Kelvin Holdsworth, Provost of St. Mary’s Cathedral in Glasgow reflects, at his blog, on the Archbishop of Canterbury’s sermon in Mexico City:
The Short Version
*The Anglican Communion is in a mess
*The Archbishop of Canterbury is in Mexico and he has preached a sermon
*It isn’t really a very helpful sermon and is quite offensive
The Long Version
This week the Archbishop of Canterbury (I think we can stop calling him the new Archbishop of Canterbury now) has been preaching in Mexico. He preached a sermon earlier this week which was aimed at the troubles of the Anglican Communion. Though its conclusion is that we must all “walk in the light” which is pretty untroublesome, he has used language to get there which stigmatises fellow Anglicans and which I don’t really think is helpful at all.
After quoting a troublesome part of the ABC’s sermon, Holdworth comments:
It isn’t really helpful to characterize the troubles of the Communion as being “sides” in any case and neither of these images is remotely helpful.
The basic trouble in the Communion is that some of us think that gay people should be treated like anyone else and have our reasons for doing so. Others think that is wrong and have their own reasons for taking that view. The latter sometimes think that they alone believe a view consonant with the bible.
It is deeply unhelpful of the Archbishop to use language which appears to suggest that the risk that those who wish to affirm gay people present is one of a lack or loss of core beliefs. That just isn’t true and is a nasty slur against fellow Anglicans. The US and Canadian churches are not places where God is absent and if the Archbishop needs to find that out, he needs to go there and meet them, something that his predecessor seemed to find impossible to do….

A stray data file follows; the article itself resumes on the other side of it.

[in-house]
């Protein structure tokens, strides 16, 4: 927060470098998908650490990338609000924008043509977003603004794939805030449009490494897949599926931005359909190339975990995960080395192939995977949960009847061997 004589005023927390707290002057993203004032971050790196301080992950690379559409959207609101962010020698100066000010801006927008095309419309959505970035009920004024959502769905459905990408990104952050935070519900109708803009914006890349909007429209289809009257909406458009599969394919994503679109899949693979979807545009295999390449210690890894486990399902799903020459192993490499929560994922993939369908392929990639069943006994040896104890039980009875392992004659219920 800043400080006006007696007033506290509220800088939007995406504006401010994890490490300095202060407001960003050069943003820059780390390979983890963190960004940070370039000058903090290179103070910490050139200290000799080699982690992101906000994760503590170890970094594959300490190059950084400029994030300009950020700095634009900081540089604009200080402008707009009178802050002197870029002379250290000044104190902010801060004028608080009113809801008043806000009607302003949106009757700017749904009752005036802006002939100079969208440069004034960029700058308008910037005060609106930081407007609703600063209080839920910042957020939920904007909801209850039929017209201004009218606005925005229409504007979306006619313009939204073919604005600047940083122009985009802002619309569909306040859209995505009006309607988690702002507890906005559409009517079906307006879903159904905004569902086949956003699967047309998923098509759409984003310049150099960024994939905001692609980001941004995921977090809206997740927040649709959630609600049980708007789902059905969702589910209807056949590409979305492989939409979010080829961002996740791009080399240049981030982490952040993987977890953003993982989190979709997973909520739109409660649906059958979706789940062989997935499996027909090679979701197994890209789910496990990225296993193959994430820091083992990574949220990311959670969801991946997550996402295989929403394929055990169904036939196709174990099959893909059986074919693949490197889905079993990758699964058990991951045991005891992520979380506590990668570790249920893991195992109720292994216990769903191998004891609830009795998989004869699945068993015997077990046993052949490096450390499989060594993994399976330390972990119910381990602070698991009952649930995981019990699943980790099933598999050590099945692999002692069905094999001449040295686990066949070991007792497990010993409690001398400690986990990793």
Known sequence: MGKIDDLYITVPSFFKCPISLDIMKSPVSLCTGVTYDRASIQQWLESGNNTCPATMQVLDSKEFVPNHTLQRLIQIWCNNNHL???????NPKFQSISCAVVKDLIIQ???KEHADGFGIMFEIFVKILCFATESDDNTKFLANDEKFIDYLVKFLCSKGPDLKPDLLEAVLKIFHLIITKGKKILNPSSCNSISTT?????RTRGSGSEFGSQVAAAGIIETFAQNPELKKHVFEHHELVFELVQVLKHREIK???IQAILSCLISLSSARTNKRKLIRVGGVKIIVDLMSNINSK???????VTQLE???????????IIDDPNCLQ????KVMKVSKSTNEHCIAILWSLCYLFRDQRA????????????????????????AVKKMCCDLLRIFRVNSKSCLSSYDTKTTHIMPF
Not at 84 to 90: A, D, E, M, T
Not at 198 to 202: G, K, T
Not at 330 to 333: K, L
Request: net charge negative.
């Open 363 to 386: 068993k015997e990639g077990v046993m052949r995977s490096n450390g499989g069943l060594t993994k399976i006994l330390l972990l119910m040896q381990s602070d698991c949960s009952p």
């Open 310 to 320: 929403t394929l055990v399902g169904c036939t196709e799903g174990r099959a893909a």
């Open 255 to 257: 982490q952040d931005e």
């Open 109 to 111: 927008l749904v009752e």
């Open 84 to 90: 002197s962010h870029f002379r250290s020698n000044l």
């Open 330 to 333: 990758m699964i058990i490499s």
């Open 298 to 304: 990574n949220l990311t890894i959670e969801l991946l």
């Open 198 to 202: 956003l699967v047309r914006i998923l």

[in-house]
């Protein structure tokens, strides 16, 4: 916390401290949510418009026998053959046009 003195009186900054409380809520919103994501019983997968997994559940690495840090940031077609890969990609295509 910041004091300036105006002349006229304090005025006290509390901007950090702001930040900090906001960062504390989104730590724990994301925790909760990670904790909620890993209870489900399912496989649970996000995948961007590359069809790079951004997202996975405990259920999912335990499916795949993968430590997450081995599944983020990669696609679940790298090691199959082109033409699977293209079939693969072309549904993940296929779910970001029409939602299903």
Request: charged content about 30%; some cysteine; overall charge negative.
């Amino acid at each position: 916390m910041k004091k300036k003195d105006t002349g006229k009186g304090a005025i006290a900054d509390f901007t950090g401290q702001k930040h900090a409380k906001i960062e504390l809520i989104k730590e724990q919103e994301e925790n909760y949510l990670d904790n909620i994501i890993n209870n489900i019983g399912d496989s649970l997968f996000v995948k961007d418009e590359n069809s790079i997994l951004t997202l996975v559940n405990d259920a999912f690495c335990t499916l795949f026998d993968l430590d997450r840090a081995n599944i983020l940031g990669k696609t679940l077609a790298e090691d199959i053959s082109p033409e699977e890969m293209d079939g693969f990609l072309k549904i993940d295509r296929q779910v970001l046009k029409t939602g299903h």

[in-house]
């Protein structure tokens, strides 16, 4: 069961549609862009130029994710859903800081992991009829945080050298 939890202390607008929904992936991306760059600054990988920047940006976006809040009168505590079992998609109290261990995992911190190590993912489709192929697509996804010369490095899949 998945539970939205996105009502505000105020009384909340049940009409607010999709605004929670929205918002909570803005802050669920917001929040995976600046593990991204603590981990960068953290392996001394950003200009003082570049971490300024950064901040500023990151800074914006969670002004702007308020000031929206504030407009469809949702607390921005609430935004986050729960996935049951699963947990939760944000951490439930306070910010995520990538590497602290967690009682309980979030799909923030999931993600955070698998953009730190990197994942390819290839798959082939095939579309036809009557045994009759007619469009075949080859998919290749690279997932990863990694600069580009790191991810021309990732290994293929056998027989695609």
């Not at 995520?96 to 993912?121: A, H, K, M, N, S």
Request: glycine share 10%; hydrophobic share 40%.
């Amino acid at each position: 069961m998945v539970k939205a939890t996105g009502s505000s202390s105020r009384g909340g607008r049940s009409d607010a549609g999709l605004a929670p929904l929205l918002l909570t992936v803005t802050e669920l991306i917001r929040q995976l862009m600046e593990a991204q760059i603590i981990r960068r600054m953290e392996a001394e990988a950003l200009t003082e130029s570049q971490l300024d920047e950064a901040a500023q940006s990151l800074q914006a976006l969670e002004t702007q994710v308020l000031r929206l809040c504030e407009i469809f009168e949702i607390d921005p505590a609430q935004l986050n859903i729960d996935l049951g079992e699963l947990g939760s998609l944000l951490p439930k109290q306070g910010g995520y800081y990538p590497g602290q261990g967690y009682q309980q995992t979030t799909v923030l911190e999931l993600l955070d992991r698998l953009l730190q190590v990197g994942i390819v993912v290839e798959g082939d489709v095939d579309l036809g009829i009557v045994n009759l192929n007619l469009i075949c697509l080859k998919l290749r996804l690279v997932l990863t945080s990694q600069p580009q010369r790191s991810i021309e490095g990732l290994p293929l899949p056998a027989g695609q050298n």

Further comments on the unhelpful sermon:
… The other uncomfortable notion in this sermon is that it looks as though the Archbishop is painting a scene where there are these two squabbling factions and the bishops tentatively walk a narrow path of balance and moderation between them. Innocently tripping along the cliff edge, fearful of being dragged down one side or the other. (Do cliffs normally have two sides anyway?)
That is not my experience. Bishops are part of our problems. Indeed, the Episcopate is the place where a very great deal of these problems occur in the communion.
Here in Scotland, it sometimes seems as though the Bishops think they should present themselves as only possible “honest” brokers amidst naughty disagreement amongst others. It isn’t true and we all know it isn’t true. Our bishops are not of one mind yet appear entirely unable to model their diversity in a healthy way….
Read all of Holdsworth’s blog here.
How The Telegraph interpreted the sermon here.